President Barack Obama wants to make 2014 the year of “opportunity for all,” as he noted in his January State of the Union message. But a recent study by leading economists suggests that fixing income inequality may not create the path to prosperity many Washington political theorists and media wonks suggest. Economists from Harvard and the University of California, Berkeley, tracked 741 metropolitan zones around the country. They discovered surprising factors feeding zones of prosperity amid economic downturns. (See obs.rc.fas.harvard.edu/chetty/mobility_trends.pdf for the complete study.)
According to their findings, areas with greater upward income mobility—where low-income residents had the greatest opportunity to move up—had five outstanding characteristics: mixed-income neighborhoods, less racial segregation, good schools, involvement in a wide array of religious and community groups, and two-parent families.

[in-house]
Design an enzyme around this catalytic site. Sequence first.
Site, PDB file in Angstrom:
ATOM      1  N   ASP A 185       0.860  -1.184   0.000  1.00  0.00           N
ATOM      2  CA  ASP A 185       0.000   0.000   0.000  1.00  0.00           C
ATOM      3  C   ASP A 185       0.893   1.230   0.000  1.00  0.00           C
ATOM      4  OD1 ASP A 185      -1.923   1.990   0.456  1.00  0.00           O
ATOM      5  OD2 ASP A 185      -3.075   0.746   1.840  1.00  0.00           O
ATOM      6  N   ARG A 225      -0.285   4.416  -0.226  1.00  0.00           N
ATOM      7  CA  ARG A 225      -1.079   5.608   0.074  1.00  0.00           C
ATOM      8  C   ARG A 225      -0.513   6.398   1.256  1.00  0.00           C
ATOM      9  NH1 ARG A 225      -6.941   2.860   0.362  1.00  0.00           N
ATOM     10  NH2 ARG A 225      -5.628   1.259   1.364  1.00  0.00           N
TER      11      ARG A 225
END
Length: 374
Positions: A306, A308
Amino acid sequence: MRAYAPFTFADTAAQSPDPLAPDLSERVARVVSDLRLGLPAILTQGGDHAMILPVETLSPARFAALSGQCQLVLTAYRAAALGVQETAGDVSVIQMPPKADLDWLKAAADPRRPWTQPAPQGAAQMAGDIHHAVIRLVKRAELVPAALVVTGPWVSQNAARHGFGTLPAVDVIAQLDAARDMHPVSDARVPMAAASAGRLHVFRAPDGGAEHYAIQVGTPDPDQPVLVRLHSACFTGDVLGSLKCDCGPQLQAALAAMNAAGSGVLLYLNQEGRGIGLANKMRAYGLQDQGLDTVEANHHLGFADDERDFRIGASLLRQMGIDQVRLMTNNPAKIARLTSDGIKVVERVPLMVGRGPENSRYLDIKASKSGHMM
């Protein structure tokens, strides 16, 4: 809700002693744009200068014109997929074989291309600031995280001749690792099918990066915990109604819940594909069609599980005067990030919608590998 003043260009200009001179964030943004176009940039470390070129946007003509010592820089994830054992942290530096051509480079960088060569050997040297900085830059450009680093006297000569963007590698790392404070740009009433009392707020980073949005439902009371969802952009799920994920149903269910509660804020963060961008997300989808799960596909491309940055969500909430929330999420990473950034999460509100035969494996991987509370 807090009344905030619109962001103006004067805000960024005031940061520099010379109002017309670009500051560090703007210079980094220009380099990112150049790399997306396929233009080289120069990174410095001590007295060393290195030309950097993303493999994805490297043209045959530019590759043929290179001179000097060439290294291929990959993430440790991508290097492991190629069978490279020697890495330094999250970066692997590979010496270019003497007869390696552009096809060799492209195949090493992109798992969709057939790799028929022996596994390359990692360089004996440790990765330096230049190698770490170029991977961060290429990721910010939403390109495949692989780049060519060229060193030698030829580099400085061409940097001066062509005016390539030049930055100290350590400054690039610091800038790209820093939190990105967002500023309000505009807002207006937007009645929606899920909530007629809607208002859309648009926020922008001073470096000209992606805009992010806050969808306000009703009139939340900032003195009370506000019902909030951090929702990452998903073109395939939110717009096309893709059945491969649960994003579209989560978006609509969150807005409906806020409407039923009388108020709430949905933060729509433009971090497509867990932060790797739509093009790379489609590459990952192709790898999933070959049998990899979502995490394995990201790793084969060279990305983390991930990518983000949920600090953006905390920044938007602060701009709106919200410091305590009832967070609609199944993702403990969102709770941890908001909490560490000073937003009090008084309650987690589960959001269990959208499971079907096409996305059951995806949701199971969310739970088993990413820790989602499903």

The study found cities that seem like up-and-comers—Atlanta, for instance—are not. Long commutes to good jobs and a dearth of mixed-income neighborhoods hinder upward mobility there. At the same time cities in the Midwest not often thought of as a land of opportunity—Fargo, N.D.; Duluth, Minn.; and Oklahoma City—do comparatively better at providing upward mobility.
The economists note, “The U.S. is better described as a collection of societies, some of which are ‘lands of opportunity’ with high rates of mobility across generations, and others in which few children escape poverty.”